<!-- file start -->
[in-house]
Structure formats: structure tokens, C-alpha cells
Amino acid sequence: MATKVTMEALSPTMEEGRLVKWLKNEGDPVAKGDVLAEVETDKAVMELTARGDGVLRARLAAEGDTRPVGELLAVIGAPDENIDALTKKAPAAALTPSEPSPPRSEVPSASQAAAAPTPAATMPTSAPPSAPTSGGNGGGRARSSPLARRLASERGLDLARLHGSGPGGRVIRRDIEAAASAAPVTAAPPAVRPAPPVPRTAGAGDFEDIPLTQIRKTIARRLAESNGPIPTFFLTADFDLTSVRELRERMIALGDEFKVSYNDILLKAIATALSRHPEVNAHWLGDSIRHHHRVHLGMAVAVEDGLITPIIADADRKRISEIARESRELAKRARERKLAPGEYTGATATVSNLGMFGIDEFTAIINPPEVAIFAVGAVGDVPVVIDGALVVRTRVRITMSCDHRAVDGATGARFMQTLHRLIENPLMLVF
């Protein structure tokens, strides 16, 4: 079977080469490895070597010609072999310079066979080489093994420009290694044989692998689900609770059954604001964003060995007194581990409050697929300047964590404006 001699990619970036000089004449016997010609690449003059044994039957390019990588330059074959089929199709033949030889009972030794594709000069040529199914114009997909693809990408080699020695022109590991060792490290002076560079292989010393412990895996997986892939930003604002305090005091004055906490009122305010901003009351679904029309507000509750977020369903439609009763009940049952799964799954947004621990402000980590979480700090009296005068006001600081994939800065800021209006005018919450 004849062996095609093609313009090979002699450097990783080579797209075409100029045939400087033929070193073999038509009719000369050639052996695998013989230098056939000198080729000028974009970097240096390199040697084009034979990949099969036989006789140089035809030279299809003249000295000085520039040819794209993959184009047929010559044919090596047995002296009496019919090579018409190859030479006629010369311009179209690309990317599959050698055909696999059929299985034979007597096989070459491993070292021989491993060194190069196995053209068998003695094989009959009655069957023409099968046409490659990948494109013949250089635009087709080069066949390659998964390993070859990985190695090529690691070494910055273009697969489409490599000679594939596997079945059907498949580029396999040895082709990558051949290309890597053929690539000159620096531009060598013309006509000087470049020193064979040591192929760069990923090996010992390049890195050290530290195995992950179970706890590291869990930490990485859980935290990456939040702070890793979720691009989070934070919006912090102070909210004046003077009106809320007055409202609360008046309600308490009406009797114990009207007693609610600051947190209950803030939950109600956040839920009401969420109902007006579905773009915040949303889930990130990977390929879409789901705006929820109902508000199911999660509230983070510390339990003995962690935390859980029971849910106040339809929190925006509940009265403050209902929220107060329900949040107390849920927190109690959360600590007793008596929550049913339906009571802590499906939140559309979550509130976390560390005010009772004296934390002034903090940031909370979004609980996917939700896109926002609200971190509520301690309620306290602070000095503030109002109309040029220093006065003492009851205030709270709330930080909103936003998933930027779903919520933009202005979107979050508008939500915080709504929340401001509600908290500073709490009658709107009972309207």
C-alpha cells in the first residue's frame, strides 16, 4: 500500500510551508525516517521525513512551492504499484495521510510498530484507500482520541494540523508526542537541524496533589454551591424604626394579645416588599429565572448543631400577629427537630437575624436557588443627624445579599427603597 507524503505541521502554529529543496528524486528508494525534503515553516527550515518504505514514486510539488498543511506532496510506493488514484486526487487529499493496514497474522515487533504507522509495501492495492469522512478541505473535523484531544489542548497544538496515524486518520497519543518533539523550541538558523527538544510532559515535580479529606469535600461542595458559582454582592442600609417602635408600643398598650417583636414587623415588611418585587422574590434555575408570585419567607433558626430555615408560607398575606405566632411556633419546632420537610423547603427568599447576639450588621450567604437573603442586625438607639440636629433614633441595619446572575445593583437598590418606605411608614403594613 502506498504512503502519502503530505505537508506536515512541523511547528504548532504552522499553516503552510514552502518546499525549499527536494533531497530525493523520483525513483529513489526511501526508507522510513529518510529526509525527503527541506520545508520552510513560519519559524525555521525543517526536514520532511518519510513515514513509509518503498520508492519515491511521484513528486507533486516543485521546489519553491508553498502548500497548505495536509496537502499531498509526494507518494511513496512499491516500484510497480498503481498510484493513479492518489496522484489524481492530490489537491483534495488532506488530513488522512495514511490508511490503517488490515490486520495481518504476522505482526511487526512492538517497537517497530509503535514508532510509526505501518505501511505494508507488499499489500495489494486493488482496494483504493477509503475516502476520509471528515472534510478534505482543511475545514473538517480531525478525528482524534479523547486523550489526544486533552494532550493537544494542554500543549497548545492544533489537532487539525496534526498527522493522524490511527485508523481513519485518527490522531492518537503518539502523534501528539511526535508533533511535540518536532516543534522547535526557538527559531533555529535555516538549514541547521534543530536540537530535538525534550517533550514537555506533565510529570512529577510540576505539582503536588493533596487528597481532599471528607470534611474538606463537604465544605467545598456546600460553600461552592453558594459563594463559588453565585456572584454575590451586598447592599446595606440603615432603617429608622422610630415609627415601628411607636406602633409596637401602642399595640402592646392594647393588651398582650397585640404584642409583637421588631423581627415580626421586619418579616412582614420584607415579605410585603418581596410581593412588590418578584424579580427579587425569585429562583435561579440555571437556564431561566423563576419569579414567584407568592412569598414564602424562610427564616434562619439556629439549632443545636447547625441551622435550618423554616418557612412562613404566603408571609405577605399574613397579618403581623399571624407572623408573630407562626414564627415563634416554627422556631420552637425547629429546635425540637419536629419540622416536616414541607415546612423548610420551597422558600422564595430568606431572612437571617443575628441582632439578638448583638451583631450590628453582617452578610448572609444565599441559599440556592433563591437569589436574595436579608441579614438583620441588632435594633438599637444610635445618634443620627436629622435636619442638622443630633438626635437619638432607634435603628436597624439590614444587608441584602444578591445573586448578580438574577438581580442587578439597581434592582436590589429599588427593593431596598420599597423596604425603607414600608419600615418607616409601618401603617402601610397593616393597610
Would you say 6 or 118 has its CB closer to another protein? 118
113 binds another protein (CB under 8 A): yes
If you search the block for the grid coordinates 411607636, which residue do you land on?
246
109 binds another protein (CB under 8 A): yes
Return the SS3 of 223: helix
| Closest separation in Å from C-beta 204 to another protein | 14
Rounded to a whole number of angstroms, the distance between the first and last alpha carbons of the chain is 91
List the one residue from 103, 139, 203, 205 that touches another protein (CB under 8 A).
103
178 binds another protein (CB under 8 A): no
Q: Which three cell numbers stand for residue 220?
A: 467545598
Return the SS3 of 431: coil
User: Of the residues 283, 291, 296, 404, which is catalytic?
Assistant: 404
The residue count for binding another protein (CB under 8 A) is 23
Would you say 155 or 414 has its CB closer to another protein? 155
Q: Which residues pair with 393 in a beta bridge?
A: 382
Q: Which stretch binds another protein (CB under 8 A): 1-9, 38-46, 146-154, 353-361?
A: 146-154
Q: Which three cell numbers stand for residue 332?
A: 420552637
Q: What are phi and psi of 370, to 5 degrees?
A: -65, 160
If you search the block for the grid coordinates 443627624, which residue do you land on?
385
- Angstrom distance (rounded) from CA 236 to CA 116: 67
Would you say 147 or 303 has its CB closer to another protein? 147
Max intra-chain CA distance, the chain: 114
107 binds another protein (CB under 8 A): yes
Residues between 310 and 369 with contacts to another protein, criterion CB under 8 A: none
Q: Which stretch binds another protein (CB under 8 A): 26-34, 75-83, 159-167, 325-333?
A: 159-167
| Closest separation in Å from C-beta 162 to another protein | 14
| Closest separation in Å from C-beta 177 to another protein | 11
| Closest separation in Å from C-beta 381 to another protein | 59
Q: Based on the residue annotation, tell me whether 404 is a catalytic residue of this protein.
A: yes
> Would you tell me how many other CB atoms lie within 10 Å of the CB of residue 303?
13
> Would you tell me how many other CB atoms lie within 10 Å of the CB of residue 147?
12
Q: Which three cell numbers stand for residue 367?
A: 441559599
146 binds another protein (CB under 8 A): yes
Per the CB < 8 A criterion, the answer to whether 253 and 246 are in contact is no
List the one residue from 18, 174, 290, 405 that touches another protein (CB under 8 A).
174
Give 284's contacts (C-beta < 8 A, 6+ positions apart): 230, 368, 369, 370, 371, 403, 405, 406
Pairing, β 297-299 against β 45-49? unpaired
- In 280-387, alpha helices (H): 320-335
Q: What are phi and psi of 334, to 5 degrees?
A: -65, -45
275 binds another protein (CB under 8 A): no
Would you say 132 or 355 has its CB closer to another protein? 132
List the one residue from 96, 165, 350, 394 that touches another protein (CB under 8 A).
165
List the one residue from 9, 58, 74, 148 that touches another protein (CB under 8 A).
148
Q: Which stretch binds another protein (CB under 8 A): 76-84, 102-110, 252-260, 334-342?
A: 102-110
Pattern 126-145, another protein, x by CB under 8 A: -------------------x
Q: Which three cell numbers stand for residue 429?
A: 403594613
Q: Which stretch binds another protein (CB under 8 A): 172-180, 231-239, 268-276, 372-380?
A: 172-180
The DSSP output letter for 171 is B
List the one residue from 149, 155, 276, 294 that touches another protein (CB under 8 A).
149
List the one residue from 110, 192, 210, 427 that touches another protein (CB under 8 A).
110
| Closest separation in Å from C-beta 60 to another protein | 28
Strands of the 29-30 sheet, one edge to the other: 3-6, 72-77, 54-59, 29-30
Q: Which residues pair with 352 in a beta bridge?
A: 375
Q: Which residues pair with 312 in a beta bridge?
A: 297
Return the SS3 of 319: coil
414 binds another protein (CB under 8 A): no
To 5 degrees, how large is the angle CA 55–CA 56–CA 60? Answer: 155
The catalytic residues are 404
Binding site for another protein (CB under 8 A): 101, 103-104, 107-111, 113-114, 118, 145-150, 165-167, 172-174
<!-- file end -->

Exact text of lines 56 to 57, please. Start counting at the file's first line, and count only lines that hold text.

Give 284's contacts (C-beta < 8 A, 6+ positions apart): 230, 368, 369, 370, 371, 403, 405, 406
Pairing, β 297-299 against β 45-49? unpaired